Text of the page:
The depletion of the world’s natural resources is inextricably linked with the generation of an increasing quantity of unwanted by-products, among which domestic and industrial waste, as well as various harmful emissions, are the most problematic. The current model is unquestionably linear, it is quite clear that it is bound to reach its own limits.
To reverse the trend, we advocate for a circular and regenerative economy, which takes nature as an example and considers that our systems should work like organisms, processing nutrients that can be fed back into the cycle – hence the “closed loop” or “regenerative” terms usually associated with it.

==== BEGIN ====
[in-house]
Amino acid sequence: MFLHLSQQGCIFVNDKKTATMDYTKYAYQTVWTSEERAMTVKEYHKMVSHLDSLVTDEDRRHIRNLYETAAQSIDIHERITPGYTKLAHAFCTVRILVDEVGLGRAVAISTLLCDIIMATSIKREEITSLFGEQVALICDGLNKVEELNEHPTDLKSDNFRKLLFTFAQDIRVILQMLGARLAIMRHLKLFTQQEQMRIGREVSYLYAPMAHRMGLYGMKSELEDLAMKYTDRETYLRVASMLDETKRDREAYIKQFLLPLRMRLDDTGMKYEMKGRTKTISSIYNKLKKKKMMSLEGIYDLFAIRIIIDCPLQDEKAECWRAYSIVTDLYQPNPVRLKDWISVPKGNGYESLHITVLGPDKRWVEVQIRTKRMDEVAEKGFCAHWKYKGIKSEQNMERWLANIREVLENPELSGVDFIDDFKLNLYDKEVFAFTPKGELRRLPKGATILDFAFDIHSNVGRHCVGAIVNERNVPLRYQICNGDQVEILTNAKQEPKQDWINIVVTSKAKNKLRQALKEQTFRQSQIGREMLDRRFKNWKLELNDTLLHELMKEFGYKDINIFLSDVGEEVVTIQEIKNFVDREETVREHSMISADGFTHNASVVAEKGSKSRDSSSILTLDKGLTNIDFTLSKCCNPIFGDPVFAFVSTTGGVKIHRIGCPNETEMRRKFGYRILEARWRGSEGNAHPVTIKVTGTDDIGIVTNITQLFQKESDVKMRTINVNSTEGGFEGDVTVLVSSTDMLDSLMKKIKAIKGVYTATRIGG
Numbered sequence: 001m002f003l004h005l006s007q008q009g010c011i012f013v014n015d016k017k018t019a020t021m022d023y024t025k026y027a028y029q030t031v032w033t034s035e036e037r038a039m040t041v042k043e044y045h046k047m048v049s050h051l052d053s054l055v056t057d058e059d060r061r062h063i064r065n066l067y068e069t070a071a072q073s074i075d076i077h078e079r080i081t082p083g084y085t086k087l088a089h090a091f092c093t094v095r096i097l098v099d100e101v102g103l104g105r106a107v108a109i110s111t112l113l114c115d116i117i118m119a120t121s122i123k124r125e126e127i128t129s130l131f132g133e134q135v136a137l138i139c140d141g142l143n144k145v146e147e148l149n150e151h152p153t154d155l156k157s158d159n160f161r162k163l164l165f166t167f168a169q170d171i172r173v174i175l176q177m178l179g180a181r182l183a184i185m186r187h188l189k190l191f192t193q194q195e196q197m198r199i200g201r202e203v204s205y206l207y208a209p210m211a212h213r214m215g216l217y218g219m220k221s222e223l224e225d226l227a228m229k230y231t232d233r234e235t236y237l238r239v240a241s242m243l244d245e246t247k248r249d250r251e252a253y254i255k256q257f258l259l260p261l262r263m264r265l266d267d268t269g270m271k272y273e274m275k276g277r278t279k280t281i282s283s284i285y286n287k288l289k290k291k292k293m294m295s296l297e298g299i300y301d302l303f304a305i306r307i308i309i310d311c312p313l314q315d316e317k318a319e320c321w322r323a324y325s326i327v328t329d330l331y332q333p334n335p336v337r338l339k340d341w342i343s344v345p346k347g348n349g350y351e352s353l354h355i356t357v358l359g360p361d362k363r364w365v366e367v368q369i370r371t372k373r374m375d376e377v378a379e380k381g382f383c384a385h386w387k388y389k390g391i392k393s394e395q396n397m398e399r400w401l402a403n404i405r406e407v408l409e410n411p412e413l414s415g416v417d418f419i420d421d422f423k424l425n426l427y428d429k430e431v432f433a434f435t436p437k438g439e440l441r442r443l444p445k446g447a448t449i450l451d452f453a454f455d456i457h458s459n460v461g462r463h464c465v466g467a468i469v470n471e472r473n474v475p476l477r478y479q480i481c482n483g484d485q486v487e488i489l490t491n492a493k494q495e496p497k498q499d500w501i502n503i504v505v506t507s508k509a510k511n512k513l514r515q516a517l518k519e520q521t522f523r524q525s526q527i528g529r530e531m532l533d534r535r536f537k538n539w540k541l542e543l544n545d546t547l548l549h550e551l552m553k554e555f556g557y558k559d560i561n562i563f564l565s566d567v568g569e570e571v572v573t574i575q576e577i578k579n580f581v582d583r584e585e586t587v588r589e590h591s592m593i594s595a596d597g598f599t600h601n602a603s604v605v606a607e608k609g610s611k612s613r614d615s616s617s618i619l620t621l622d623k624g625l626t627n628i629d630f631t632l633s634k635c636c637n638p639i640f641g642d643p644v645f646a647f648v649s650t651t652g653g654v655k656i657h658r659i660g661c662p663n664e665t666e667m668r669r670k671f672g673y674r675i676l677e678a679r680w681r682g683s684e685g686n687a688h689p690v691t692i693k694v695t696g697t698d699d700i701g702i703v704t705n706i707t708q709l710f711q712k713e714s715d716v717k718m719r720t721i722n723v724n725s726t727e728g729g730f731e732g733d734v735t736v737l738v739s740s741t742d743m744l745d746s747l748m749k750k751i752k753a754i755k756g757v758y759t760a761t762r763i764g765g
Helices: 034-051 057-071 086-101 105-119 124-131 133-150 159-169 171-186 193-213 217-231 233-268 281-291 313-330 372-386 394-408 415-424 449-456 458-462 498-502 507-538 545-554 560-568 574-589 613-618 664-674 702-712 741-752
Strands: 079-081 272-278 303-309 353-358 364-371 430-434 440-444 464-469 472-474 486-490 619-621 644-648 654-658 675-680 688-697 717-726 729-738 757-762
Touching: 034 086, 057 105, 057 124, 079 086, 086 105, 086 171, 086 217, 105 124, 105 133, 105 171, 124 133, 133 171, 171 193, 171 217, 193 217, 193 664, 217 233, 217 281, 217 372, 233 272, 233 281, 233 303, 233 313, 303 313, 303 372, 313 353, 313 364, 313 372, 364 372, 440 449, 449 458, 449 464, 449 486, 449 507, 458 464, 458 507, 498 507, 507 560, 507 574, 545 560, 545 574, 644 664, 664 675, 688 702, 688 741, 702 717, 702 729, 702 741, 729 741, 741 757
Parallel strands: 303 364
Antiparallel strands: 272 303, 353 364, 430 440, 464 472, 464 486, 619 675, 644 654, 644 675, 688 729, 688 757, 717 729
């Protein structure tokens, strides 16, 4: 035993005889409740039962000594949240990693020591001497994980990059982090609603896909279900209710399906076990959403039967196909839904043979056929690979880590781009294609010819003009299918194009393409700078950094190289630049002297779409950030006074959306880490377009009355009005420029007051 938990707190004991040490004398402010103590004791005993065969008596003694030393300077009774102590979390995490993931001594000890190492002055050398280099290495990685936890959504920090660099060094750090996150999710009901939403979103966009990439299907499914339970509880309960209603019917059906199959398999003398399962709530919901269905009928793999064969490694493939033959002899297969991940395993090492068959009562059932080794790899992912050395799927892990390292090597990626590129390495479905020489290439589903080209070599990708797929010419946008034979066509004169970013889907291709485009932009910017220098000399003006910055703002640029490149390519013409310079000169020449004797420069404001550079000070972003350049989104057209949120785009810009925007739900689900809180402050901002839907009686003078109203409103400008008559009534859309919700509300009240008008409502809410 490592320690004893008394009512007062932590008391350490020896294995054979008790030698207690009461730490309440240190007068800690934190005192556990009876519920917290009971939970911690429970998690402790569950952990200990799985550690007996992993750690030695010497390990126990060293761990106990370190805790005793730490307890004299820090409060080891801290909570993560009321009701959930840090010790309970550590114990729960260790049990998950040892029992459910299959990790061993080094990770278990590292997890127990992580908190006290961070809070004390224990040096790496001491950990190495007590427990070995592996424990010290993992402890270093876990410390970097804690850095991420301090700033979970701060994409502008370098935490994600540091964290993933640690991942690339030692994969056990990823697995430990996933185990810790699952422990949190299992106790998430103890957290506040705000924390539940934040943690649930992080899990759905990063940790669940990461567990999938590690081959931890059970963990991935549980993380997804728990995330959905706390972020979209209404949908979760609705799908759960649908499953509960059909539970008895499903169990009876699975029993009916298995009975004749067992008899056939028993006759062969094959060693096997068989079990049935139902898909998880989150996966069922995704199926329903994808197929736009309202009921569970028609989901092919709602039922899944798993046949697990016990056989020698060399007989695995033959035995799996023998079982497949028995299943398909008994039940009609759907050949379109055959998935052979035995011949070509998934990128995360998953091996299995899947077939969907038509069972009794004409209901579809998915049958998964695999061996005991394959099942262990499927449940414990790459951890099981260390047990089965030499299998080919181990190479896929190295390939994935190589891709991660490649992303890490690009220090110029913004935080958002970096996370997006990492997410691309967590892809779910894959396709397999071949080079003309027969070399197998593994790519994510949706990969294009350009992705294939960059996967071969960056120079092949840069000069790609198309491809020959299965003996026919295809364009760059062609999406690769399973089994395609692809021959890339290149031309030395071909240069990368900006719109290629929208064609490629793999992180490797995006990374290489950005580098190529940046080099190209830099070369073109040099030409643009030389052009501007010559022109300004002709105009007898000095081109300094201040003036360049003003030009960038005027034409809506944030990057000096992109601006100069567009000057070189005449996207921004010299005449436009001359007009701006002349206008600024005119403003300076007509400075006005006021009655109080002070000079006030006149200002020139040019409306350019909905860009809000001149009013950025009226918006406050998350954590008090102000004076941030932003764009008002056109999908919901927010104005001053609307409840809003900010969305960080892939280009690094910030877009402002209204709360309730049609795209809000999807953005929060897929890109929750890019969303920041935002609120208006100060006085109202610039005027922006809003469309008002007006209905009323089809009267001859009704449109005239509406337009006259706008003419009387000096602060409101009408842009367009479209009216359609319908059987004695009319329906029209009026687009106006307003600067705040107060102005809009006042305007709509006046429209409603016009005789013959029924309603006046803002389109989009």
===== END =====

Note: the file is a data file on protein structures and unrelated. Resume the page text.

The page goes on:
Systems thinking offers a powerful new perspective, a specialized language, and a set of tools that can be used to address the most stubborn problems in everyday life and work. Systems thinking is a way of understanding reality that emphasizes the relationships among a system’s parts, rather than the parts themselves. Based on a field of study known as system dynamics, systems thinking has a practical value that rests on a solid theoretical foundation.
Resilience thinking offers a different way of understanding the world and a new approach to managing resources. It embraces human and natural systems as complex entities continually adapting through cycles of change, and seeks to understand the qualities of a system that must be maintained or enhanced in order to achieve sustainability. It explains why greater efficiency by itself cannot solve resource problems and offers a constructive alternative that opens up options rather than closing them down.